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It goes without saying that any movie that stars both Mitchum and Ryan is worth an aficionado’s time. Both do admirable work here, albeit not their best material. Ryan was consistently excellent at playing rough characters, yet was even better when said tough guy exterior was mitigated by deeper psychological and emotional turmoil within (On Dangerous Ground being the finest example). Mitchum, while just as good here, is also that much more interesting a performer when his roles swim in murkier waters. His Racket role is the virtuous, no-nonsense police captain. He plays the part very well, but he’s more fun when playing more easily corruptible figures.

If there is a sticking point, it is the inconsistency is the visual presentation. Less fault should laid at cinematographer George E. Diskant and more on the fact that the movie resulted from the directorial efforts of many people. The source of the issue begins and end with the fact that, as is gloriously stated at the very start of the movie, The Racket is a Howard Hughes production. Cursory research reveals that Hughes was notorious for meddling with movies after the original shooting schedule was complete, demanding that new scenes be included to alter various plot points (this probably explains some of the script’s dryness, in fact). Nicholas Ray (On Dangerous Ground) and Tay Garnett (The Postman Always Rings Twice) were extraordinary directors, but when taking care of a handful of scenes each, in addition to not only the efforts of the original director John Cromwell but also those of two other directors, the result is a movie that lacks some cohesion. Remarkably enough, the overall story is still solid and easy enough to follow, but from an aesthetic point of view, some scenes are stunning to behold, such as McQuigg’s chase after two thugs in a car parking complex engulfed in shadow and the subsequent rooftop fist fight, whereas other are very flat, like that climax at the police station.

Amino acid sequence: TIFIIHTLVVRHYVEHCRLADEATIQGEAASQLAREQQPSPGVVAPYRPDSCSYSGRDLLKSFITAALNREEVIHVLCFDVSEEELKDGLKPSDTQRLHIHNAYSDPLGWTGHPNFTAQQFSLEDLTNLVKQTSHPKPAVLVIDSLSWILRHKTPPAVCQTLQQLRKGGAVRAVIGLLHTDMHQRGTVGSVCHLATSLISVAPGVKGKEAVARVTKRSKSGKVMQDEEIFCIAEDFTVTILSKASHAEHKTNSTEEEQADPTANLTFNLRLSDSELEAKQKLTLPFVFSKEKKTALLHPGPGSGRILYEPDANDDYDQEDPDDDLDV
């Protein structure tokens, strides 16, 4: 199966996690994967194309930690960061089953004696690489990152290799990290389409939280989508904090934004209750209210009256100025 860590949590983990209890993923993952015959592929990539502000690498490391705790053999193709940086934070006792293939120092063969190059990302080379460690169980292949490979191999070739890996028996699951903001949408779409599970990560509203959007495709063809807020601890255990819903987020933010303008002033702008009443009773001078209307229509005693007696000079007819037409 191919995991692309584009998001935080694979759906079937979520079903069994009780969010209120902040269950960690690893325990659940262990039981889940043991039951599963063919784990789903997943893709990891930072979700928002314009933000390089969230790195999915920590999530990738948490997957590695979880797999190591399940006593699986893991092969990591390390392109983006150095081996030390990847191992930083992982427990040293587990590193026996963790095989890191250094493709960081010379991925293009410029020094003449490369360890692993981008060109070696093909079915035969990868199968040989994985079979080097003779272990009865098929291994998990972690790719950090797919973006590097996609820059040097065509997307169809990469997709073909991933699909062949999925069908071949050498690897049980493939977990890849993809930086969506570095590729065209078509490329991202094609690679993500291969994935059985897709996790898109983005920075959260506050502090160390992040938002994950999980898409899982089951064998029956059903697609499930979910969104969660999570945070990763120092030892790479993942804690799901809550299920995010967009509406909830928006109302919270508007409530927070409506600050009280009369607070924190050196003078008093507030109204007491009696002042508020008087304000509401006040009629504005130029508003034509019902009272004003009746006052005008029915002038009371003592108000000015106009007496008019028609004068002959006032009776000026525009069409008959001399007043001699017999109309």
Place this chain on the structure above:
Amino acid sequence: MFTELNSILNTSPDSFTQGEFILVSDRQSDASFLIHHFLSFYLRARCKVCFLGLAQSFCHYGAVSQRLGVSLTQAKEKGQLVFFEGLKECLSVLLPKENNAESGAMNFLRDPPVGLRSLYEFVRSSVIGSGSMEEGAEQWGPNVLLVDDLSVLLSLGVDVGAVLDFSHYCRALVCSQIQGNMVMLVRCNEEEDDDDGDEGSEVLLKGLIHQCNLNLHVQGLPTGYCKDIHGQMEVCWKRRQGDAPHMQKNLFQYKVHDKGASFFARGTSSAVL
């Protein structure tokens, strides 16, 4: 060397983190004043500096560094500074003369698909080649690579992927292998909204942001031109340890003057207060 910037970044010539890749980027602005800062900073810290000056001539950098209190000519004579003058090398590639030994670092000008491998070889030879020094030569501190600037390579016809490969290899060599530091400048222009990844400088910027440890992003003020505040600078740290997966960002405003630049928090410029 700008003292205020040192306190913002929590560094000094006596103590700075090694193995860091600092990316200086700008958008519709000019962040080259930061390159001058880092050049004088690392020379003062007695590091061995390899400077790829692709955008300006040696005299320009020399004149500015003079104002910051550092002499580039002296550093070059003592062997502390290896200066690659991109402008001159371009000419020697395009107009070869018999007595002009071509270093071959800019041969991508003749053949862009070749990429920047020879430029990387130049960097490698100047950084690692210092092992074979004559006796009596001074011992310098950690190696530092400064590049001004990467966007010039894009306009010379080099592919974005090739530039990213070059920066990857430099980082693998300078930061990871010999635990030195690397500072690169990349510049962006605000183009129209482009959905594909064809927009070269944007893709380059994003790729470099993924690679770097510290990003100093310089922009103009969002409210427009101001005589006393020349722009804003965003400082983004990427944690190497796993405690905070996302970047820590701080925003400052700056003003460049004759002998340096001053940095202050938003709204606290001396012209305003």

Dense but replete with intriguing and dramatically rewarding nuggets, anchored by a strong cast that delivers splendidly, and occasionally beautiful to look at, The Racket stands as a reasonably accomplished procedural. For the obvious reasons stated already, it lacks a unifying texture, but that problem, while at times evident, is not enough to drag the entire movie down. If anything, even if the plot is a little thick, Robers Ryan and Mitchum are themselves reasons enough to stick around.

-Edgar Chaput

  • Direction
  • Script
  • Acting
  • The Noir Effect
3.9

Finer Noir Points

The Racket features a dense, at times complicated script, but ones that reaps some very important rewards for those patient enough to sit through it. It’s also great fun to witness titans of the ear Ryan and Mitchum square off. On the flip side, the film’s troubled post-procudtion history, due in no small part to producer Howard Hughes’s meddling, is sometimes very apparent.